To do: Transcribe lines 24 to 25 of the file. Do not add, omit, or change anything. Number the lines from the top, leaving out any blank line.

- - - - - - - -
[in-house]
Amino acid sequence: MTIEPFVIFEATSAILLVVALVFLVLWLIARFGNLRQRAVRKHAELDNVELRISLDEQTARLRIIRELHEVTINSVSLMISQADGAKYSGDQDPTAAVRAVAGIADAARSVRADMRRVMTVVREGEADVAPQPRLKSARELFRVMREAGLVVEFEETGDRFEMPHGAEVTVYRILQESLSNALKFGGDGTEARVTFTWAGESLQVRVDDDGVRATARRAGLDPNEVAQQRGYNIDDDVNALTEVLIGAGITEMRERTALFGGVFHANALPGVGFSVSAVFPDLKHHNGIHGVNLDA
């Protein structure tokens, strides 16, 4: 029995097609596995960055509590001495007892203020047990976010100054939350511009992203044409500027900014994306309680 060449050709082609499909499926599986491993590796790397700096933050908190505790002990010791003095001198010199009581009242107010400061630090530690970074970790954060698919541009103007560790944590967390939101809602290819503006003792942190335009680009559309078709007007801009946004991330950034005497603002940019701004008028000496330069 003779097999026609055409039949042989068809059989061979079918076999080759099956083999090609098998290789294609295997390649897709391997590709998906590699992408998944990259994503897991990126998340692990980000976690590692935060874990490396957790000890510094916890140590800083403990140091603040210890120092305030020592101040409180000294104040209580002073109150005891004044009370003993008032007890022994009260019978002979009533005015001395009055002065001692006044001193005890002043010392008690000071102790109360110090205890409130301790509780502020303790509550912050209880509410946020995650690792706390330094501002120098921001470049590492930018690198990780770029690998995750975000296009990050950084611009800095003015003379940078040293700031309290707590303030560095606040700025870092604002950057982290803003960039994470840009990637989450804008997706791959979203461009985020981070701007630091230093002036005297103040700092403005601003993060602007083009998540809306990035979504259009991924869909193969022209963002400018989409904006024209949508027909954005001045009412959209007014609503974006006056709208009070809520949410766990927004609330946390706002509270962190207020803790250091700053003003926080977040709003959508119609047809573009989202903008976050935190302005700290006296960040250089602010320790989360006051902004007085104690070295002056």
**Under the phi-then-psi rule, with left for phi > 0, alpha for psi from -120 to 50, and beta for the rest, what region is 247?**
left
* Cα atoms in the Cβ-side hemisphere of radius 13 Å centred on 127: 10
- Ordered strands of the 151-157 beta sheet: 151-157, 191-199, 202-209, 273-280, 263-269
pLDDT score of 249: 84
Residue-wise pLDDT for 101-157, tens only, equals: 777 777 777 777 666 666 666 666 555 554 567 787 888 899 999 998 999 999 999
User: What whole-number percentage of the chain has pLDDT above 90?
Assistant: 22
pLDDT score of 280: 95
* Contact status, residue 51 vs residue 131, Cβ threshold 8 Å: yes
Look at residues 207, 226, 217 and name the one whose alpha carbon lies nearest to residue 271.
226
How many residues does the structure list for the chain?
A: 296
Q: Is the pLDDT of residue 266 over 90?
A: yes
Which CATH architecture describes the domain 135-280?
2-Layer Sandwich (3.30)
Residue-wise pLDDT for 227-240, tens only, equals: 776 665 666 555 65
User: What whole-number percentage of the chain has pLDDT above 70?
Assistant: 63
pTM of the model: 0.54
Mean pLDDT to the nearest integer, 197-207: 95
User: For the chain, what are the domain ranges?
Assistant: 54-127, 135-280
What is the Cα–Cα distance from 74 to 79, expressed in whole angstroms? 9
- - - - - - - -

Assistant: 63
pTM of the model: 0.54